Interest in molecular structures bearing four-membered heterocycles (FMHs) is growing due to the possibility to explore new regions of the chemical space and get new lead molecules. Our interest in the development of divergent synthesis of functionalized FMHs, prompted us to disclose factors affecting the reactivity of nitrogen-bearing FMHs towards metalating agents. Our investigations demonstrated that structural factors and conformational preferences need to be considered in planning a site-selective functionalization of azetidines. It will be showed how such factors could have pivotal importance in the reactivity of FMHs.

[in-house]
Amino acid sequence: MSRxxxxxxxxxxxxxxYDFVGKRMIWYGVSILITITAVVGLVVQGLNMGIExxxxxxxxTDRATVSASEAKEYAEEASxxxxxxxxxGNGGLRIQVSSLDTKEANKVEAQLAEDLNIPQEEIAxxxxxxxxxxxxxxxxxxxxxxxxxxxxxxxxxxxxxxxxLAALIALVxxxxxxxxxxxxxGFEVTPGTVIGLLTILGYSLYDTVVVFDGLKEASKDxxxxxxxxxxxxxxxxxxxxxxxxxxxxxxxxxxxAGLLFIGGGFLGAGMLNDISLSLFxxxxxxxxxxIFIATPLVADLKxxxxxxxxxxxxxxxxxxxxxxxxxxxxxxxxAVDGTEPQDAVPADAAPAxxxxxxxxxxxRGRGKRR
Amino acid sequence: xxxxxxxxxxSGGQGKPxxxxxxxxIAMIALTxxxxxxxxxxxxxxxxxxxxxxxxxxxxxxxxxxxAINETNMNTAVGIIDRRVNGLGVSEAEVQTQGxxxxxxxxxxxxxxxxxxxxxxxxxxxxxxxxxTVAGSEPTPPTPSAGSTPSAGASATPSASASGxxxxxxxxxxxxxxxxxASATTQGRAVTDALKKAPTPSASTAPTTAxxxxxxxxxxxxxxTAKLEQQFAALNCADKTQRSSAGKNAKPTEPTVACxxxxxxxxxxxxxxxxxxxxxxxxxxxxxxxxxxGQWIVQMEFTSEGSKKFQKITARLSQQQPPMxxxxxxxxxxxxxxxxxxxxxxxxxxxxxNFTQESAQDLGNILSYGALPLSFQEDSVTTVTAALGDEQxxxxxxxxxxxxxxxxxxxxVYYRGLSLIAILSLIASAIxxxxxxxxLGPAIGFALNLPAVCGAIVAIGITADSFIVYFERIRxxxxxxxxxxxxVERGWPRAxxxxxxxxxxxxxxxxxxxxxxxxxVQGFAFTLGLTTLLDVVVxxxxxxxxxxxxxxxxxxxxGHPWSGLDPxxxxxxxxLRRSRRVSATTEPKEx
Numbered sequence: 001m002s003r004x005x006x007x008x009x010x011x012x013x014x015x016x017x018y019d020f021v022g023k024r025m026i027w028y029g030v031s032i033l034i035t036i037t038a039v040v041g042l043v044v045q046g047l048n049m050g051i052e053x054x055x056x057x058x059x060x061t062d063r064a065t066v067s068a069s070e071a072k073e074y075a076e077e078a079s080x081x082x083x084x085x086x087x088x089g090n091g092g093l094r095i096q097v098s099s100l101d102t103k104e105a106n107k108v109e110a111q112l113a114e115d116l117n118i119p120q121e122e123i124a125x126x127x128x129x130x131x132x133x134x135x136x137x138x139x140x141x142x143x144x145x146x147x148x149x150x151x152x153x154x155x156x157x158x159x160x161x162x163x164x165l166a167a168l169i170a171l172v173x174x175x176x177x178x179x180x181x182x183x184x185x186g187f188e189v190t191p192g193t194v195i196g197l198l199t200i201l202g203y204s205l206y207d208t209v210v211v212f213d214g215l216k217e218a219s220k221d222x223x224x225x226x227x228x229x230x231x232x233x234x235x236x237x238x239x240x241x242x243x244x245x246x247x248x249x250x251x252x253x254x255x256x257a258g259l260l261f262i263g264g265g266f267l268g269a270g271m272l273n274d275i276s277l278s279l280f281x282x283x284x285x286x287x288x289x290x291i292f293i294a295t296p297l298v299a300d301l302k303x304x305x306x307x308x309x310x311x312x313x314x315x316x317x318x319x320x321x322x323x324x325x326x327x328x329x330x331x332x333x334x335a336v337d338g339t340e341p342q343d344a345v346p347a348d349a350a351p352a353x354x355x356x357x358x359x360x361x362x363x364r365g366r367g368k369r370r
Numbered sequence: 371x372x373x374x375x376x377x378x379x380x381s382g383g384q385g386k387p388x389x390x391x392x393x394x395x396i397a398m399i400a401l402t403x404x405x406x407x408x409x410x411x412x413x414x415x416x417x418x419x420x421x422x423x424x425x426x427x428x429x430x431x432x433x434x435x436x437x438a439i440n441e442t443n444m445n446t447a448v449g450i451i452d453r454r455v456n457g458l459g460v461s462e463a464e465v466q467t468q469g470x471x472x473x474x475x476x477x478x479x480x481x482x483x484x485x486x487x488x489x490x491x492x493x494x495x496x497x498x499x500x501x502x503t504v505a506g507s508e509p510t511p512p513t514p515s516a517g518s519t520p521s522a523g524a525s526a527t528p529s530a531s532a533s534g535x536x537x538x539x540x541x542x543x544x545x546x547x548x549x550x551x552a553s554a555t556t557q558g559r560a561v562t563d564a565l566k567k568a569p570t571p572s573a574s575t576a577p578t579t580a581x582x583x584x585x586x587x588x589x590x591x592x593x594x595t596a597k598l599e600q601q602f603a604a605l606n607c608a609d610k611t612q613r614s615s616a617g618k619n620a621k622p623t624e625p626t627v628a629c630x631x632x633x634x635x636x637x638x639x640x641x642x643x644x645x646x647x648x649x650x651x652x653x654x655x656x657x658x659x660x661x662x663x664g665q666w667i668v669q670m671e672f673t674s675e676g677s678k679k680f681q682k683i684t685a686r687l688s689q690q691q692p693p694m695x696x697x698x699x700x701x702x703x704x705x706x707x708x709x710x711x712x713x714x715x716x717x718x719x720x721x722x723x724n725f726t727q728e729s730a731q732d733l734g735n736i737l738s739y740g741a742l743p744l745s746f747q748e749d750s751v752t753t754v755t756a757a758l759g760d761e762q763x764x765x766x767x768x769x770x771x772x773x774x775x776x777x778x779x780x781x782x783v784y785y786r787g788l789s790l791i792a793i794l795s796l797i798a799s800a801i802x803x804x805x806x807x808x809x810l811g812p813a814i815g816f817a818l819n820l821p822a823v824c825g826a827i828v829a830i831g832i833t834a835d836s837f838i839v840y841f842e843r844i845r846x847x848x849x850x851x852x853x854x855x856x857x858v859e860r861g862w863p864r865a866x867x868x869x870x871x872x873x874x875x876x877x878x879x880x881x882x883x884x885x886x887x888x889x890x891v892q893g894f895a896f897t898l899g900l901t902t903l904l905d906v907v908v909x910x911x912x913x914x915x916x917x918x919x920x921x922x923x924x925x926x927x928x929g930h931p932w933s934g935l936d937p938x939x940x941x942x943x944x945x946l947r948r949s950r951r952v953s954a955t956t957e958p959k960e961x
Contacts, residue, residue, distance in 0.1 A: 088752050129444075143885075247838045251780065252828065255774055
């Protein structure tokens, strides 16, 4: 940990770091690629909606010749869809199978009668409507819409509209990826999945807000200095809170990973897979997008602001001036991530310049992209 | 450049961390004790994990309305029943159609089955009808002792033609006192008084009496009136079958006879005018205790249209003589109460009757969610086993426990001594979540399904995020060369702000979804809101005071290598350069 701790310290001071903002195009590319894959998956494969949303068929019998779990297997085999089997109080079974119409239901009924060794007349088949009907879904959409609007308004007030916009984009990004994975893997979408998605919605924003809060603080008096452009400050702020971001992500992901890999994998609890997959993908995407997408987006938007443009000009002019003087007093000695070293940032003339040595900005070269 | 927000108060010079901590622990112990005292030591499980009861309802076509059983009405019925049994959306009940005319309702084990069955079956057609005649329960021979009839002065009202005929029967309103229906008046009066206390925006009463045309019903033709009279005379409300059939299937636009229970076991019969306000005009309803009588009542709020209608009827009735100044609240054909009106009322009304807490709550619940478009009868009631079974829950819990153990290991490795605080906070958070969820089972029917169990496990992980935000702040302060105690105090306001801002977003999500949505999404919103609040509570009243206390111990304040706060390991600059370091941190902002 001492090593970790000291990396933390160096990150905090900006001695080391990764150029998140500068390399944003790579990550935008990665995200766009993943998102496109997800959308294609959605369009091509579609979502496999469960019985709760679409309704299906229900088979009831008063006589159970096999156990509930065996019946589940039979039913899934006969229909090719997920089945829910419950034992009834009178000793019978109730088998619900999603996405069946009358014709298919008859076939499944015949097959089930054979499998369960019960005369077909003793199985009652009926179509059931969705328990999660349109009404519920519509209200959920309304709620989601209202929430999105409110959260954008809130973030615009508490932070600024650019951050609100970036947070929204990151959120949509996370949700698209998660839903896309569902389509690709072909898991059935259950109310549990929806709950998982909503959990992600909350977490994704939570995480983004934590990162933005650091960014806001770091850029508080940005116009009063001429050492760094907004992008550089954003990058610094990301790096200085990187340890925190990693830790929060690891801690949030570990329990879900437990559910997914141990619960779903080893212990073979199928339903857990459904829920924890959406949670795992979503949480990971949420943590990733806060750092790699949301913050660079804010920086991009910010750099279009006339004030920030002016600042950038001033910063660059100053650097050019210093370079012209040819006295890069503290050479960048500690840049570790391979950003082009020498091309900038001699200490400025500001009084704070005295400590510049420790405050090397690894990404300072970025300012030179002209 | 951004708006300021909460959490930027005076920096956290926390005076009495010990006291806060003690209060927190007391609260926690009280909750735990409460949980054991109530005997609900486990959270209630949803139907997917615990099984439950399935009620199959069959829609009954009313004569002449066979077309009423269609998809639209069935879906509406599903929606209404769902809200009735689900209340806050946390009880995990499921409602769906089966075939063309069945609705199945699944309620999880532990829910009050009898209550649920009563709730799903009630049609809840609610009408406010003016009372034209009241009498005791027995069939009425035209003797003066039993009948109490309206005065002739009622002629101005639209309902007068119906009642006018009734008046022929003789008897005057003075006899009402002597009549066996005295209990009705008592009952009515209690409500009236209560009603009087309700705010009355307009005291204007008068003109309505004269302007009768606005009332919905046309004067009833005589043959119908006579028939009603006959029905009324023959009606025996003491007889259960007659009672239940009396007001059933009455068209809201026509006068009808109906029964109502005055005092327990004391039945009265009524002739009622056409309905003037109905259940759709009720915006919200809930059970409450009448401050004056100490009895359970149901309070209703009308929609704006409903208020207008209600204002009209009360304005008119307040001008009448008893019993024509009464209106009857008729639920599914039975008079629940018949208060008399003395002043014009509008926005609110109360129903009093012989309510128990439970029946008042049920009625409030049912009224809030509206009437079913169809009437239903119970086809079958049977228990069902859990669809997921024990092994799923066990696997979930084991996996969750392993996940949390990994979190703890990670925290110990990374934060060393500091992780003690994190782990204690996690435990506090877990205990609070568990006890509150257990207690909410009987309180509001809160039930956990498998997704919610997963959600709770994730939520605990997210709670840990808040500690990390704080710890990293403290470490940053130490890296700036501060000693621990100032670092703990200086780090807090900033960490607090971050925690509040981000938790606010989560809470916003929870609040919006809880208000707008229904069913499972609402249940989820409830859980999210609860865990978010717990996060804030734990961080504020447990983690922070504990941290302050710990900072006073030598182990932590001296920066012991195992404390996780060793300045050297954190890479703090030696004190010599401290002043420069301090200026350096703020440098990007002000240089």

Nowadays more than before, modern organic synthesis can count on several versatile strategies for the functionalization of a specific site for a given molecule. In most reactions where a carbon–hydrogen bond can be chemo-, regio-, and/or stereoselectivity replaced by a carbon–carbon or carbon–heteroatom bond, such a site-selectivity could be realized by the participation of directing groups (DG) . This approach has been significantly exploited to selectively activate and functionalize the ortho position of aromatic rings , , , , , , . The directing groups, very often play a role in forming complexes with metals, and are able to direct metalation to “proximal” sites kinetically rather than thermodynamically favored. In lithium chemistry, this phenomenon has been termed as the complex induced proximity effect (CIPE) and, as recently reported by Beak and Snieckus, “it can be used as a heuristic model regardless of the detailed reaction mechanism. The concept can be applied to explain unexpected lithiations at sites formally remote from, but conformationally in proximity to, a functional group that is likely complexed by a lithiating reagent” , . In this statement, it is recalled how the conformation (or even the configuration) retained by the molecule could play an important role in metalation reactions. In fact, both complexation phenomena and preferential conformations (configurations) are two key factors to be taken into consideration in site-selective functionalization.